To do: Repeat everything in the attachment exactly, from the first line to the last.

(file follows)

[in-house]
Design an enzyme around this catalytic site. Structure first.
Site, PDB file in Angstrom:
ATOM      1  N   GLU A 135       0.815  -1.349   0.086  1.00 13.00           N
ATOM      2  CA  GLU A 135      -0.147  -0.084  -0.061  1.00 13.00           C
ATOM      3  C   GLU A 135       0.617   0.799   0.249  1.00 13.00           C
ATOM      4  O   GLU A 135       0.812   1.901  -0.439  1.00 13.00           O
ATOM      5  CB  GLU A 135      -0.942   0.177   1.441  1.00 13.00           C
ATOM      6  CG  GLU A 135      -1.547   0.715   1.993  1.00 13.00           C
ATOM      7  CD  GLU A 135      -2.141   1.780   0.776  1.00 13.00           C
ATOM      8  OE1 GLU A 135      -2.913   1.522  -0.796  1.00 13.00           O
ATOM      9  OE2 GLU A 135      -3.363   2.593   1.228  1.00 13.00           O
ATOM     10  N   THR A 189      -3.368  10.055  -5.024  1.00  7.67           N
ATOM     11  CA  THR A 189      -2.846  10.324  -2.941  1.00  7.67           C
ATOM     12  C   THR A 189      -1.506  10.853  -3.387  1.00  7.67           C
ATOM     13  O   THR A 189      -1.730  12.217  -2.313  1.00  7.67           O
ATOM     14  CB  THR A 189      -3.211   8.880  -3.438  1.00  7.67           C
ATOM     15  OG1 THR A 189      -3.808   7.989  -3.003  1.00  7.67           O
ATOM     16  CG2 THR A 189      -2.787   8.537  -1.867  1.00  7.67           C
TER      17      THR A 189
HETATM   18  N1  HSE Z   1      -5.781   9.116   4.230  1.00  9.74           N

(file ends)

[in-house]
Design an enzyme around this catalytic site. Structure first.
Site, PDB file in Angstrom:
ATOM      1  N   GLU A 135       0.815  -1.349   0.086  1.00 13.00           N
ATOM      2  CA  GLU A 135      -0.147  -0.084  -0.061  1.00 13.00           C
ATOM      3  C   GLU A 135       0.617   0.799   0.249  1.00 13.00           C
ATOM      4  O   GLU A 135       0.812   1.901  -0.439  1.00 13.00           O
ATOM      5  CB  GLU A 135      -0.942   0.177   1.441  1.00 13.00           C
ATOM      6  CG  GLU A 135      -1.547   0.715   1.993  1.00 13.00           C
ATOM      7  CD  GLU A 135      -2.141   1.780   0.776  1.00 13.00           C
ATOM      8  OE1 GLU A 135      -2.913   1.522  -0.796  1.00 13.00           O
ATOM      9  OE2 GLU A 135      -3.363   2.593   1.228  1.00 13.00           O
ATOM     10  N   THR A 189      -3.368  10.055  -5.024  1.00  7.67           N
ATOM     11  CA  THR A 189      -2.846  10.324  -2.941  1.00  7.67           C
ATOM     12  C   THR A 189      -1.506  10.853  -3.387  1.00  7.67           C
ATOM     13  O   THR A 189      -1.730  12.217  -2.313  1.00  7.67           O
ATOM     14  CB  THR A 189      -3.211   8.880  -3.438  1.00  7.67           C
ATOM     15  OG1 THR A 189      -3.808   7.989  -3.003  1.00  7.67           O
ATOM     16  CG2 THR A 189      -2.787   8.537  -1.867  1.00  7.67           C
TER      17      THR A 189
HETATM   18  N1  HSE Z   1      -5.781   9.116   4.230  1.00  9.74           N